The American Civil Right Movement

The African-American Civil Rights Movement refers to a group of activists in the United States targeted at banishing the racial discrimination against Black-Americans and reinstating voting rights mainly in Southern states. It covers the duration of the movement in the early 60s especially in S. America.

By the year 1966, the rise of the Black Power Movement, which took place between1966 and1975, widened the aims of the Civil Rights Movement into racial honor, economic and political satisfaction, and freedom from the hardships by white Americans (Purdan, 2001).

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This particular has heavily influenced my personal life, career choice, and the global community, especially the African American community in the United States and other non-African nations

Discussion

During theCivil Rights Movement, there were numerous instances of civil unrest. During this season, acts of peaceful protests and civil disobedience generated crises between activists and government power.

The federal government, state, the congress, local traders, and communities had to react fast to bring the situation under control. This event laid bare the discriminations faced by blacks in the United States.

There was a remarkable legislative achievement during this period of the Civil Rights Movement, including the passage of Civil Rights Act of 1964 which had a huge impact on black rights in the US. Both racial and religion stigma were the major resultant factors of this party when it came to public employment exercises and acquiring accommodation facilities.

The second significant outcome of this movement was the enactment of the Voting Rights Act of 1965, which restored and protected voting rights. The third result was the Immigration and Nationality Services Act of 1965, which instantly allowed entry to the United States for immigrants.

The fourth act was the Fair Housing Act of 1968, which banned discriminations in the right to sale or rent a house. African- Americans resumed politics in South America, and later, this political culture inspired the younger generation across the states (Beito & Beito, 2009).

This Civil Right Movement deprived the Southern Americans of their legal rights to vote, a situation that persisted until a national civil rights legislation was enacted in mid-1960s. When the Democrats took over, they enacted legislation that controlled the voter registration process and this limited the number of African American voters in the polls.

Black voters had no option than be left out of participating in the voting rolls. The number of African American voters reduced drastically making them unable to elect representatives of present our needs in the national meetings and local governments.

The Republican Party, which had all along represented African American interests, reduced in power as voter registration among African Americans was stifled. During this same period when African Americans were denied their rights, the white Democrats forced racial separation by law.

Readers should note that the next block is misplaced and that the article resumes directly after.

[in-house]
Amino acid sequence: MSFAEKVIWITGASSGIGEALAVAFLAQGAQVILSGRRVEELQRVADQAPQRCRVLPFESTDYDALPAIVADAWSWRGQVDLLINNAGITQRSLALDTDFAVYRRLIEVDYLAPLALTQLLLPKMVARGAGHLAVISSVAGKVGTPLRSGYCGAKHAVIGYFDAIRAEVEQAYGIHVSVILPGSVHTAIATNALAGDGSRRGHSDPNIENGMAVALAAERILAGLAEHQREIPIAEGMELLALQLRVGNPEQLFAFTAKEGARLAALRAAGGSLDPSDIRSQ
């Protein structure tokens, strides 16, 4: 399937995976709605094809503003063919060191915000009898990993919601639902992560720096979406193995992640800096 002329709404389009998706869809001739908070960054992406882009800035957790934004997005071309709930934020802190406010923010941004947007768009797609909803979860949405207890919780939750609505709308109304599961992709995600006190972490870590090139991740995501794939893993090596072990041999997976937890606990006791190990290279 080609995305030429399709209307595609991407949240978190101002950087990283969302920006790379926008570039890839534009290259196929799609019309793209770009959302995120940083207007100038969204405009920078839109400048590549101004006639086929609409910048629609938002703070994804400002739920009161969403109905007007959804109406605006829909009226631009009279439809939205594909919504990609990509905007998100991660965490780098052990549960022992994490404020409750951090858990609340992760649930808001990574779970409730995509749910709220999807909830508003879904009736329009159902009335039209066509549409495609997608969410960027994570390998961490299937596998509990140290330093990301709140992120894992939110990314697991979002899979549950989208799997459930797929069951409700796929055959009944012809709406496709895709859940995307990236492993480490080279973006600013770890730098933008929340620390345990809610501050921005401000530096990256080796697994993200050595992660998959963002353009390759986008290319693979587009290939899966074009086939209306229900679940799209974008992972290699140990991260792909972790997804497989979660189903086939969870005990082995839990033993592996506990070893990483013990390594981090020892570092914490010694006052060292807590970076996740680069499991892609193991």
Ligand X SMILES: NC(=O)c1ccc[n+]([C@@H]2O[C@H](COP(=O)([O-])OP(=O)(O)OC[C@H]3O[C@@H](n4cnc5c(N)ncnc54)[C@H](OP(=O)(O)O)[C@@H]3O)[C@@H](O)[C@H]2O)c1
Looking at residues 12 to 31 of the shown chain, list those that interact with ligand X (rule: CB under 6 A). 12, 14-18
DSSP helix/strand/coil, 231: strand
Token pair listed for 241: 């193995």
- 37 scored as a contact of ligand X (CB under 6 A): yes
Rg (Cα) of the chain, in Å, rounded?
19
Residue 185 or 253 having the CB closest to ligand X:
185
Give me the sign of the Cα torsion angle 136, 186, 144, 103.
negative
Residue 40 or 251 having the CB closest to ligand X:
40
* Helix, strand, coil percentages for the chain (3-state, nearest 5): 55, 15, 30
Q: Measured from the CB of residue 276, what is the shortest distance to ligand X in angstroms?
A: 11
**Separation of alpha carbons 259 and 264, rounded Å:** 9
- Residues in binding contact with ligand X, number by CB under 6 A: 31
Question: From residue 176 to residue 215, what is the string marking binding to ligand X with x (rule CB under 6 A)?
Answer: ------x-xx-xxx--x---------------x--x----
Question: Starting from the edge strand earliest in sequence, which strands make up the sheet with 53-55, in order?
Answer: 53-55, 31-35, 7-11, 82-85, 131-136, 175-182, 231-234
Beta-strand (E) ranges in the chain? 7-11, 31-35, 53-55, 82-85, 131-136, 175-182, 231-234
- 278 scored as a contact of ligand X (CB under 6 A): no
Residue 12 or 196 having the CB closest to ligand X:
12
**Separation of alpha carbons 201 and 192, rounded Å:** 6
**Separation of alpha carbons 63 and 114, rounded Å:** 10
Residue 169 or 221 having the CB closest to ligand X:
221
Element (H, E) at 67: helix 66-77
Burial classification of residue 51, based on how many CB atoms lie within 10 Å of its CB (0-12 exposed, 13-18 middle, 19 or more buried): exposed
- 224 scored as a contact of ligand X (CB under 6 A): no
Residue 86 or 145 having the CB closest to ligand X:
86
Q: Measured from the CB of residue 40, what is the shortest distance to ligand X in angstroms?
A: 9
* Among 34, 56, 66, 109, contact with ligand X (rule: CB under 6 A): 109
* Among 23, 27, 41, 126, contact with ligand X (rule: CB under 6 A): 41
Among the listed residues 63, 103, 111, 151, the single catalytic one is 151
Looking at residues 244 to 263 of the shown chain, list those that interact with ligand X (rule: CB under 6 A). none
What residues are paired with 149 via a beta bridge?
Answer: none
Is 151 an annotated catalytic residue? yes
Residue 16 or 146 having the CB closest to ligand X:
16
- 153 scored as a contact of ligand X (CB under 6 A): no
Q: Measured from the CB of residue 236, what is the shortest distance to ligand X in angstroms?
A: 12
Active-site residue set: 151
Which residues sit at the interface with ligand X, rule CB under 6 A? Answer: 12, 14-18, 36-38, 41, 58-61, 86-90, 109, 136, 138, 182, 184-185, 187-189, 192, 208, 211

Violence against blacks rose to a situation that left the Southern region unstable socially, economically and politically. The system of dictatorship sanctioned governance, racial discrimination and oppression known as the “Jim Crow” system left many people jobless.

This situation led to the death a number of people who sided with this reform. During this period of civil unrest and violations in the south, African Americans in other regions of the US also received harsh treatment since they exhibited allegiance to the civil rights movement (Frost, 2002).

This event also had a big negative impact on my education career influence and my choice of career path due to the racial segregation. The law of the day led to the separation of government services and social amenities into two: white and colored. Those in the colored domains did not receive enough funding and were always of lesser quality.

There was a rise in the exploitation of the African-Americans with hash economic experiences to the blacks, Latinos, and Asians. We were denied economic opportunities and discriminated during public employment exercises. There existed also individual, military police, organizational, and racial violence against blacks. Many people in the region died while others left homeless and jobless.

The situation for blacks within the South region was worse and pathetic. In most states, they could not afford to vote and have their children educated. Good Schools and Universities were set for the whites leaving the Black Americans with poor learning institutions.

Due to the massive resistance in the south by proponents of racial segregation and voter suppression, the Diasporas increasingly rejected these rules and gradually implemented legalistic methods as the major tool to bring about racism separation. In protest, blacks adopted a combined formula of diverse action with peaceful resistance to overcome this situation.

Conclusion

Racial discrimination is an act of civil right disobedience that offensively denies citizens their rights to serve freely and fairly in the development of the states and the globe at large. Had the Whites give their citizens equal rights to serve in the states then a relatively stable political system could have been achieved.

This stable political system gives citizens equal rights by law to freely mingle and use public resources without any discrimination or racism. People could freely interact between different states without necessarily having a passport as a travel requirement.

Works Cited

Beito, David T., and Beito, Linda R. Howard’s Fight for Civil Rights and Economic Power, 3rd ed. Urbana: University of Illinois Press, 2009.

Frost, Mervyn . Global Civil Society and the Society of Democratic States, NY: Routledge, 2002.

Purdan, Robert. A Journey Through the Sixties, 6th ed. California: Shire Press, 2001.